Where are the best economic opportunities in the post-COVID world?
Editor's note: Andy Mok is a research fellow at the Center for China and Globalization. The article reflects the author's opinions, and not necessarily views of CGTN.
Adherents of Western ideology often engage in impressive cognitive contortions to twist and stretch facts to fit them into their distorted worldview. Blinded by their ideology, they overlook crucial opportunities and blunder into avoidable mistakes. They also often make grand and sweeping predictions that just as often turn out to be completely wrong.
For example, at the beginning of the COVID-19 pandemic, The Atlantic published an article titled "Democracies are Better at Fighting Outbreaks." In it, the author claims that only democracies possess public trust and without this trust, public health crises cannot be effectively addressed. This article was only one of many to express this view. But recent history has shown that the opposite is true. In fact, China has done the best job of stopping the pandemic and of implementing sustainable and scalable procedures for resuming social and economic activity in the face of an unprecedented challenge.
Similarly, even in the face of compelling evidence to the contrary, many believe that an "authoritarian" society cannot be technologically innovative or artistically creative. The truth is that systems with a strong and competent government dedicated to delivering and maintaining societal stability, harmony and prosperity are the ones most capable of meaningful advances in both the arts and sciences. Those that cannot see this clearly will miss important opportunities, especially those arising in the post-COVID-19 world.
When it comes to China, central government policy decisions and priorities are a good place to start to identify the most promising future opportunities. For example, China's actions during the great financial crisis not only insulated China but played a key role in staving off even greater distress globally. Those that understood this benefited. But this crisis is different because an effective policy response requires not just decisive action by the Chinese government but also the active participation of China's technology companies. As a result, some of the most exciting opportunities will emerge in China's private sector, especially in the technology sector.
One major initiative is China's "new infrastructure' plan which calls for investment totaling 10 trillion to 17.5 trillion yuan between now and 2025. These investments range from information infrastructure such as 5G telecommunication networks, big data and intelligent computing centers, AI and the industrial internet to integration infrastructure that integrates next-generation technologies across traditional industries, including smart transportation and smart energy infrastructure like EV charging stations.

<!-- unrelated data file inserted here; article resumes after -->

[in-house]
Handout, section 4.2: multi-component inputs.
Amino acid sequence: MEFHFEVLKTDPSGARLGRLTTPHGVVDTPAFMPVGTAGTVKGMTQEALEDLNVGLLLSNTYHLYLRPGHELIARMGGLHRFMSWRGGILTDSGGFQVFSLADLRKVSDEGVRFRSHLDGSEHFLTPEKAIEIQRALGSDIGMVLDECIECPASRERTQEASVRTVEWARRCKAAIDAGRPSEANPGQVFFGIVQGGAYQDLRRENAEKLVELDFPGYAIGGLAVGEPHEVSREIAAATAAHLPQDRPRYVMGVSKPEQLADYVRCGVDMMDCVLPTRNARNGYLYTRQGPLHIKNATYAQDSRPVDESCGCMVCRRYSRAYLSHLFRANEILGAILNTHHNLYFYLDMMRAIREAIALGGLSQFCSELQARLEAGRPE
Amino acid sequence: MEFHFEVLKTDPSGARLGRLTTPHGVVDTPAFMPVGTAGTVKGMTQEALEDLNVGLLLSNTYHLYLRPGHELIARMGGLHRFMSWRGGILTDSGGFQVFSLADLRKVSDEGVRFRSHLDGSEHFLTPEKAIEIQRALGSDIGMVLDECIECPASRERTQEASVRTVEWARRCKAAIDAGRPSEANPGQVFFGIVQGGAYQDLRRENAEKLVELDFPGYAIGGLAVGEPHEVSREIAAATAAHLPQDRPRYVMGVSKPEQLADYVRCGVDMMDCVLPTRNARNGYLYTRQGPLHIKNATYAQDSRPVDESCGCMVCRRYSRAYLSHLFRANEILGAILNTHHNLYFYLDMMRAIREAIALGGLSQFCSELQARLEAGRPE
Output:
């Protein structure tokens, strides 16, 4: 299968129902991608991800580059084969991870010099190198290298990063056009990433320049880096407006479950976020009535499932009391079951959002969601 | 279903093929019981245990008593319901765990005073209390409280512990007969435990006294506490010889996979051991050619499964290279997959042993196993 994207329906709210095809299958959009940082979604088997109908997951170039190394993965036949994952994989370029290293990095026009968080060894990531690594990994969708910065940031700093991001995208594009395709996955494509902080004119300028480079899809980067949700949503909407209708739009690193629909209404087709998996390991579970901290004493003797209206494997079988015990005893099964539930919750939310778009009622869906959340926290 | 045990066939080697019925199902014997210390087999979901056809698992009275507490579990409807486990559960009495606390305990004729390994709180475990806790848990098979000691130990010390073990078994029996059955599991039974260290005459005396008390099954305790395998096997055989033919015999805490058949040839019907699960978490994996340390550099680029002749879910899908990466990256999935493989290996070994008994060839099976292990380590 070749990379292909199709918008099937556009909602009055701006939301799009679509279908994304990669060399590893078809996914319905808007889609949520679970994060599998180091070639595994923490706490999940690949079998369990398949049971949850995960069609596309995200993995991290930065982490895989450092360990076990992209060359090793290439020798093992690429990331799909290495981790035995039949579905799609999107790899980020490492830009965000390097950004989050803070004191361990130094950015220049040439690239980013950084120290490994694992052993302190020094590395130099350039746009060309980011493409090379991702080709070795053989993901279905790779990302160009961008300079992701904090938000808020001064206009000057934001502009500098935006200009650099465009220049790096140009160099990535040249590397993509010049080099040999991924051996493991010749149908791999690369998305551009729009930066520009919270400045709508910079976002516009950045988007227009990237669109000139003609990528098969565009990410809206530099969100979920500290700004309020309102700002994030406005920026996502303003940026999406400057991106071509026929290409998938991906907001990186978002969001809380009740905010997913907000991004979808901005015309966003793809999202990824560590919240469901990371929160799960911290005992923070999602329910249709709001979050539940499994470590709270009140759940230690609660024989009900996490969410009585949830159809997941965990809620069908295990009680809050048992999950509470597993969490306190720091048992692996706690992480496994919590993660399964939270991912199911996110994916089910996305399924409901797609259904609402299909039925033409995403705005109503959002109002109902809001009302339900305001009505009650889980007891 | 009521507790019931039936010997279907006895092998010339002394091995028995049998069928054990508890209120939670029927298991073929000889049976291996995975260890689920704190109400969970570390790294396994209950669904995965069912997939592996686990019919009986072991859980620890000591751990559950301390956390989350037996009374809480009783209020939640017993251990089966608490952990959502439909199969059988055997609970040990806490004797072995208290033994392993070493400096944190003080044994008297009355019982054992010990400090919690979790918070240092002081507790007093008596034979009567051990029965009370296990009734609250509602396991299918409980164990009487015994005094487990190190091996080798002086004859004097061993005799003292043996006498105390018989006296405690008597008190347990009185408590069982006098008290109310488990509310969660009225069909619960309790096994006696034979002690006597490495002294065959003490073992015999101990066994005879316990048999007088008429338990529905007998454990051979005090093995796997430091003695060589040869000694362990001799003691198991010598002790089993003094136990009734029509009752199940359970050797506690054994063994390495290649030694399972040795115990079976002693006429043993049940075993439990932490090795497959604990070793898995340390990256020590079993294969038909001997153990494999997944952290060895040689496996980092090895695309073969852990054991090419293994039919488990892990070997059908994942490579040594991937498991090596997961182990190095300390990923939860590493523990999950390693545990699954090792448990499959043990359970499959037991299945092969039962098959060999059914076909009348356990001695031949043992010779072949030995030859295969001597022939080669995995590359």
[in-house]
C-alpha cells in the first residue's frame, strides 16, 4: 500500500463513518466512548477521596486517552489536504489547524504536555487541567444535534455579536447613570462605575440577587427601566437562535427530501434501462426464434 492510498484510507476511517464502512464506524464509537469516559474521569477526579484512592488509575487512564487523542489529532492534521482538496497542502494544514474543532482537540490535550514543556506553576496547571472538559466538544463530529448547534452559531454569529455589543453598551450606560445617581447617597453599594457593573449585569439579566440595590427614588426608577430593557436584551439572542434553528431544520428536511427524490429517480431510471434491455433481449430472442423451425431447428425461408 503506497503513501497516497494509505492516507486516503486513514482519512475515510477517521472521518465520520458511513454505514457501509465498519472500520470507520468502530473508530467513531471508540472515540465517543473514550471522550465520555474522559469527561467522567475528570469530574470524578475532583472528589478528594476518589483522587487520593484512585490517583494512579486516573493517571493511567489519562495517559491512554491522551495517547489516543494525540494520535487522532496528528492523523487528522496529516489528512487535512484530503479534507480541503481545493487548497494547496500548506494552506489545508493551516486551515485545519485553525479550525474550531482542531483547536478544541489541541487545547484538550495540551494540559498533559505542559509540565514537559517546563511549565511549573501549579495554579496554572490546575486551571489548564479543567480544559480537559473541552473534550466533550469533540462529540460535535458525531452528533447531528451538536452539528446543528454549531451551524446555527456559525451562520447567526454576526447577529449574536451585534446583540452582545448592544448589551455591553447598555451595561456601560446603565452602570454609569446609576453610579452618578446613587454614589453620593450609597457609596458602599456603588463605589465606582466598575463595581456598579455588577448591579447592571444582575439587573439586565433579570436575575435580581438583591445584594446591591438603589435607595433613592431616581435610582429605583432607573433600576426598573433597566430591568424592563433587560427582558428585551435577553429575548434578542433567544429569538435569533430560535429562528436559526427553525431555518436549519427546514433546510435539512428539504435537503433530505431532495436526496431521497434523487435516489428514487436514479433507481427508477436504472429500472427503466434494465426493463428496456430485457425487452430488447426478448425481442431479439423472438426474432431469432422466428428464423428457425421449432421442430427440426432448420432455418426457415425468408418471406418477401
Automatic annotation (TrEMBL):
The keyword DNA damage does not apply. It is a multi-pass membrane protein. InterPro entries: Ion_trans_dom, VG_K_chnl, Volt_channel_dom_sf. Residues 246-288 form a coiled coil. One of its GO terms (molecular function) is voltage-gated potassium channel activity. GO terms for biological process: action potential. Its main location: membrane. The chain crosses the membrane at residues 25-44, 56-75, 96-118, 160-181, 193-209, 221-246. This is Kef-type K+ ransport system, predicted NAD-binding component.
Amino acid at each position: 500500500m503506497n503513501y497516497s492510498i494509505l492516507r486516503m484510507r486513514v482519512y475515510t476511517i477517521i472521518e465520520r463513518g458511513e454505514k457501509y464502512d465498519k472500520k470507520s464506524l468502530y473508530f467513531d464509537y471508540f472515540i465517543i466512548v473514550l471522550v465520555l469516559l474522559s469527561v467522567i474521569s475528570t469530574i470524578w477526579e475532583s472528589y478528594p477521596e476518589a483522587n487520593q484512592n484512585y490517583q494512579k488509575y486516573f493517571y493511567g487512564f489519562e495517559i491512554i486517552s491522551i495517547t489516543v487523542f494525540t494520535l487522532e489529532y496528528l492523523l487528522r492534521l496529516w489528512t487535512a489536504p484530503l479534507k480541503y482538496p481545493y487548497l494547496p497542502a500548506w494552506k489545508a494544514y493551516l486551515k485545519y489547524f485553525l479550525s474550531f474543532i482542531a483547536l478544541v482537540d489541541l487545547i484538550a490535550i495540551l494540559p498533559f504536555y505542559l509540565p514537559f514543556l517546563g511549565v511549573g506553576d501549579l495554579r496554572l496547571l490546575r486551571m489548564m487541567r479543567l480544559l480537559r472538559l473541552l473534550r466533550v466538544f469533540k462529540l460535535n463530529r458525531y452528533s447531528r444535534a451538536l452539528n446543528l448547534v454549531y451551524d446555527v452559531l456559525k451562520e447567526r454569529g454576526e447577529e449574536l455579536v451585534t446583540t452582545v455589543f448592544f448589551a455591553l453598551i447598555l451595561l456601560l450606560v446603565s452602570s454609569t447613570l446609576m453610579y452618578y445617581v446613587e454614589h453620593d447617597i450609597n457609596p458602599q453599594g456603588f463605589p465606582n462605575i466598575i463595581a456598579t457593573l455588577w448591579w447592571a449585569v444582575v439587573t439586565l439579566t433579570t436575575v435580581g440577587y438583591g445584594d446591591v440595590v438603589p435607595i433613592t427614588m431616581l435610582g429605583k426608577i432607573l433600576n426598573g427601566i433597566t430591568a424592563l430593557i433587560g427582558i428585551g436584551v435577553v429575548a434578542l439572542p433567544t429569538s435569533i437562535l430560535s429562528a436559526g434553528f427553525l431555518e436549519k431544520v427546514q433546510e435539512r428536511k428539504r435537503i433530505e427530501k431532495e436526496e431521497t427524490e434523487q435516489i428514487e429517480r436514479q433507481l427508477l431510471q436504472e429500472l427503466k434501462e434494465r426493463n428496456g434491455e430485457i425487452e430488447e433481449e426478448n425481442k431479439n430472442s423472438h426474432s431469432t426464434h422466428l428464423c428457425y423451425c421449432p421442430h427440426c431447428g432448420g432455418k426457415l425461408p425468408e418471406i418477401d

A view of the skyline of Beijing. /VCG
A view of the skyline of Beijing. /VCG
Another major initiative is the rollout of China's digital currency which is referred to DC/EP (Digital Currency Electronic Payment). While this may seem very esoteric, it has the potential to reshape the global payment systems and create vast new opportunities by reducing the cost of cross-border payments and otherwise simplifying the large but largely invisible world of global payment settlement systems. Like with any new and disruptive technology, early adopters can reap extraordinary gains.
China's biggest advantage is its strong and competent government. But it would be incomplete to only look at central government policies and actions. Local governments also play a crucial role in the implementation of new policies such as the new infrastructure plan and the launch of DC/EP with even certain districts (the governmental unit below that of a city) being of vital importance.
Chaoyang District in Beijing is a good example of this. With a population of 3.5 million and GDP of almost 100 billion U.S. dollars (bigger than Kenya's, Sri Lanka's or Guatemala's), Chaoyang is also home to almost 200 of the Fortune 500 and 165 of the 167 foreign embassies in Beijing. With almost 200,000 foreigners (South Korea, the U.S. and Japan with the most), it is also one of the most international places in China.
Chaoyang District has also been at the forefront of supporting entrepreneurship and innovation in China. For example, eight years ago it launched a major startup platform called OTEC (The Overseas Technology and Entrepreneurship Conference) that recruited entrepreneurs from around the world by offering cash grants to fund development as well as other crucial support services including facilitating investments by leading venture capital funds. Since the first OTEC, more than 20,000 entrepreneurs have participated with 2.7 billion U.S. dollars of capital raised. This year, the program, which has been enhanced and re-branded as Global Innovation Week, will also offer support to creative professionals such as writers, painters, movie makers and those engaged in other types of creative activities as well.
As we move into the post-COVID-19 world and a world still awash in liquidity, many are looking for the most promising investment and business opportunities. China's economy has been the sole bright spot that will shine even more brightly as time goes on. Moreover, major national initiatives such as the new infrastructure plan and DC/EP may transform the world of business and finance. Those who are not blinded by ideology may be the biggest beneficiaries. Finally, China's unique strength is that its government, including local and even district governments, plays a critical role. Districts like Chaoyang in Beijing may be the launchpad for some of the most exciting opportunities arising from these key national initiatives.
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